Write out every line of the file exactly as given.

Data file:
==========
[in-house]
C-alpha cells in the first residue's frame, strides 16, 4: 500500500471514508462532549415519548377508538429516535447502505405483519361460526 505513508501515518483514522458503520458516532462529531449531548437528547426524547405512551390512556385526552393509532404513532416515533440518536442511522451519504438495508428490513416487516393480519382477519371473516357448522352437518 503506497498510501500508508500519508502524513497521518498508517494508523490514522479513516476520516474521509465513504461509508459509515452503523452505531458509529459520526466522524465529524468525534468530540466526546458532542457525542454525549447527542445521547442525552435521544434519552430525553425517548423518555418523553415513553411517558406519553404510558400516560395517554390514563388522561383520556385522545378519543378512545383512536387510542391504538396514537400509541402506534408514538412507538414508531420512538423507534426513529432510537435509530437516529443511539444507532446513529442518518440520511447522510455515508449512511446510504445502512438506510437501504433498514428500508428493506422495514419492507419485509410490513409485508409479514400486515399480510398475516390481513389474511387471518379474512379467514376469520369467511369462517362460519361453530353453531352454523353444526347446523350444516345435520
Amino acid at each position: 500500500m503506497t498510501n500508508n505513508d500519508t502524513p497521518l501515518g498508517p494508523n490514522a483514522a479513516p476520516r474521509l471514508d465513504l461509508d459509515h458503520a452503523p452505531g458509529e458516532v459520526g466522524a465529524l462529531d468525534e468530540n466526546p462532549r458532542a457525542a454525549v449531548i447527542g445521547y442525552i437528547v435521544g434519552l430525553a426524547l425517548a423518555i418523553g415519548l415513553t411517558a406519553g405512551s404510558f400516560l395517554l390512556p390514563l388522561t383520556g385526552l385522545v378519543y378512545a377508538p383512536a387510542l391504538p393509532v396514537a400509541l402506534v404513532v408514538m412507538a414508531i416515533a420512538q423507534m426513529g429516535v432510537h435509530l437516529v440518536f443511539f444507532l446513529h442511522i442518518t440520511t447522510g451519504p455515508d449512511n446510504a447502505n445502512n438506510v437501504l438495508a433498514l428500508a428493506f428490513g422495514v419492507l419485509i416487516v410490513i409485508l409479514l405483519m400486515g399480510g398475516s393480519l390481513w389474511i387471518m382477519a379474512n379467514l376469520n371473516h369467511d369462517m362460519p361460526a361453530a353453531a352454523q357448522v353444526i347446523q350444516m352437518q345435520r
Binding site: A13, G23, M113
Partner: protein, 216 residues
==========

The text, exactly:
[in-house]
C-alpha cells in the first residue's frame, strides 16, 4: 500500500471514508462532549415519548377508538429516535447502505405483519361460526 505513508501515518483514522458503520458516532462529531449531548437528547426524547405512551390512556385526552393509532404513532416515533440518536442511522451519504438495508428490513416487516393480519382477519371473516357448522352437518 503506497498510501500508508500519508502524513497521518498508517494508523490514522479513516476520516474521509465513504461509508459509515452503523452505531458509529459520526466522524465529524468525534468530540466526546458532542457525542454525549447527542445521547442525552435521544434519552430525553425517548423518555418523553415513553411517558406519553404510558400516560395517554390514563388522561383520556385522545378519543378512545383512536387510542391504538396514537400509541402506534408514538412507538414508531420512538423507534426513529432510537435509530437516529443511539444507532446513529442518518440520511447522510455515508449512511446510504445502512438506510437501504433498514428500508428493506422495514419492507419485509410490513409485508409479514400486515399480510398475516390481513389474511387471518379474512379467514376469520369467511369462517362460519361453530353453531352454523353444526347446523350444516345435520
Amino acid at each position: 500500500m503506497t498510501n500508508n505513508d500519508t502524513p497521518l501515518g498508517p494508523n490514522a483514522a479513516p476520516r474521509l471514508d465513504l461509508d459509515h458503520a452503523p452505531g458509529e458516532v459520526g466522524a465529524l462529531d468525534e468530540n466526546p462532549r458532542a457525542a454525549v449531548i447527542g445521547y442525552i437528547v435521544g434519552l430525553a426524547l425517548a423518555i418523553g415519548l415513553t411517558a406519553g405512551s404510558f400516560l395517554l390512556p390514563l388522561t383520556g385526552l385522545v378519543y378512545a377508538p383512536a387510542l391504538p393509532v396514537a400509541l402506534v404513532v408514538m412507538a414508531i416515533a420512538q423507534m426513529g429516535v432510537h435509530l437516529v440518536f443511539f444507532l446513529h442511522i442518518t440520511t447522510g451519504p455515508d449512511n446510504a447502505n445502512n438506510v437501504l438495508a433498514l428500508a428493506f428490513g422495514v419492507l419485509i416487516v410490513i409485508l409479514l405483519m400486515g399480510g398475516s393480519l390481513w389474511i387471518m382477519a379474512n379467514l376469520n371473516h369467511d369462517m362460519p361460526a361453530a353453531a352454523q357448522v353444526i347446523q350444516m352437518q345435520r
Binding site: A13, G23, M113
Partner: protein, 216 residues